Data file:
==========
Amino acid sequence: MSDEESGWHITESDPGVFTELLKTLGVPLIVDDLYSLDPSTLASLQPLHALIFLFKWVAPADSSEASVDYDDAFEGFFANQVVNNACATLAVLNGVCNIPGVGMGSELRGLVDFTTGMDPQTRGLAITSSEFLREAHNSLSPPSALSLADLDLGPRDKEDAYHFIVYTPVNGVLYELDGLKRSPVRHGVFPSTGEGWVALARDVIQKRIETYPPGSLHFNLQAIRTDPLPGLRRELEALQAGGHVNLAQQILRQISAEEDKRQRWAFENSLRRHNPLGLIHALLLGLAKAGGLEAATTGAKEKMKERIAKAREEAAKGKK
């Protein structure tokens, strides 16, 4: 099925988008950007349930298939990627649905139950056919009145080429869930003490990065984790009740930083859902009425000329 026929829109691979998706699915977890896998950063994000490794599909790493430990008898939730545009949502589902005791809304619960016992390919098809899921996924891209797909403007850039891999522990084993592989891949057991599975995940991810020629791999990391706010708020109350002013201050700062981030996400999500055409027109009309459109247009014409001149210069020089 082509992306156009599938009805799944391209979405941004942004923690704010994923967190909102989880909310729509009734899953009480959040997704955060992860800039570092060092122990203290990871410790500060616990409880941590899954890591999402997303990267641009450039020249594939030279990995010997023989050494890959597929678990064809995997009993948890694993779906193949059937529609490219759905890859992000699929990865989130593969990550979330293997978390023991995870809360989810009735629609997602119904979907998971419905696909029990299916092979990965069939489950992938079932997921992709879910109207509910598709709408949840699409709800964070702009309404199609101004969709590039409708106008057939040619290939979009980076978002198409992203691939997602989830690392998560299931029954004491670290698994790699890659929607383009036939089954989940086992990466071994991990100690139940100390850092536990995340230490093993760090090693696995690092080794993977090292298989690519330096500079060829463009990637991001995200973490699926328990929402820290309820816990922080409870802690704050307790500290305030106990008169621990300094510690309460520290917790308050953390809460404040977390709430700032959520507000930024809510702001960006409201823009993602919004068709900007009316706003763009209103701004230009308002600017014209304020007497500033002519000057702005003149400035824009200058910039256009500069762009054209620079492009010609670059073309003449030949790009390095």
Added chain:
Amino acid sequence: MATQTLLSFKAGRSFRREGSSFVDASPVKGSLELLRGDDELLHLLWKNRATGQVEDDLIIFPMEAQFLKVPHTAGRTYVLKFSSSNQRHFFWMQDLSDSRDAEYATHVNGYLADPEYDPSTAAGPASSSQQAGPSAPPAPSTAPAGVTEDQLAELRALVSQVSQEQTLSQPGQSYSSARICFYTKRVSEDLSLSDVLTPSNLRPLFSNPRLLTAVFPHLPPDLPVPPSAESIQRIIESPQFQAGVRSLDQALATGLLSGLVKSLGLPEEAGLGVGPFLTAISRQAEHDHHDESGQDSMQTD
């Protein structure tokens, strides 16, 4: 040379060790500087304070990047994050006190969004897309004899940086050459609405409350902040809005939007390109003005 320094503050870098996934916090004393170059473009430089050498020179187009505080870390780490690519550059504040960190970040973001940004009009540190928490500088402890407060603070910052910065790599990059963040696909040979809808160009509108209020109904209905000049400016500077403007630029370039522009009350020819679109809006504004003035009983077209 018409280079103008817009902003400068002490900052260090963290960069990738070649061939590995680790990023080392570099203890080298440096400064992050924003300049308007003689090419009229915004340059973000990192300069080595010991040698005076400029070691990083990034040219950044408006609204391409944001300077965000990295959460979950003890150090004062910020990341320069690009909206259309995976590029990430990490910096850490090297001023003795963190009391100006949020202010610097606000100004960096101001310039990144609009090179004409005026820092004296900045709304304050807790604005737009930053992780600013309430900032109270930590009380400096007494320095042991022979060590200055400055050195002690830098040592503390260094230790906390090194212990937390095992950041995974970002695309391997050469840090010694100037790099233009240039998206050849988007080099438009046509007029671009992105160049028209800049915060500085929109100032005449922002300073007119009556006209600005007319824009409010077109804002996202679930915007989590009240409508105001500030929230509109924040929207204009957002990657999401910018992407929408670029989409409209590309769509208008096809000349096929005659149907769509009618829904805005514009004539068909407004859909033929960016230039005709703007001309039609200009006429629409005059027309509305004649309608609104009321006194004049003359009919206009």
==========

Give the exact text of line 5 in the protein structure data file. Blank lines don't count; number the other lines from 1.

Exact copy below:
């Protein structure tokens, strides 16, 4: 040379060790500087304070990047994050006190969004897309004899940086050459609405409350902040809005939007390109003005 320094503050870098996934916090004393170059473009430089050498020179187009505080870390780490690519550059504040960190970040973001940004009009540190928490500088402890407060603070910052910065790599990059963040696909040979809808160009509108209020109904209905000049400016500077403007630029370039522009009350020819679109809006504004003035009983077209 018409280079103008817009902003400068002490900052260090963290960069990738070649061939590995680790990023080392570099203890080298440096400064992050924003300049308007003689090419009229915004340059973000990192300069080595010991040698005076400029070691990083990034040219950044408006609204391409944001300077965000990295959460979950003890150090004062910020990341320069690009909206259309995976590029990430990490910096850490090297001023003795963190009391100006949020202010610097606000100004960096101001310039990144609009090179004409005026820092004296900045709304304050807790604005737009930053992780600013309430900032109270930590009380400096007494320095042991022979060590200055400055050195002690830098040592503390260094230790906390090194212990937390095992950041995974970002695309391997050469840090010694100037790099233009240039998206050849988007080099438009046509007029671009992105160049028209800049915060500085929109100032005449922002300073007119009556006209600005007319824009409010077109804002996202679930915007989590009240409508105001500030929230509109924040929207204009957002990657999401910018992407929408670029989409409209590309769509208008096809000349096929005659149907769509009618829904805005514009004539068909407004859909033929960016230039005709703007001309039609200009006429629409005059027309509305004649309608609104009321006194004049003359009919206009």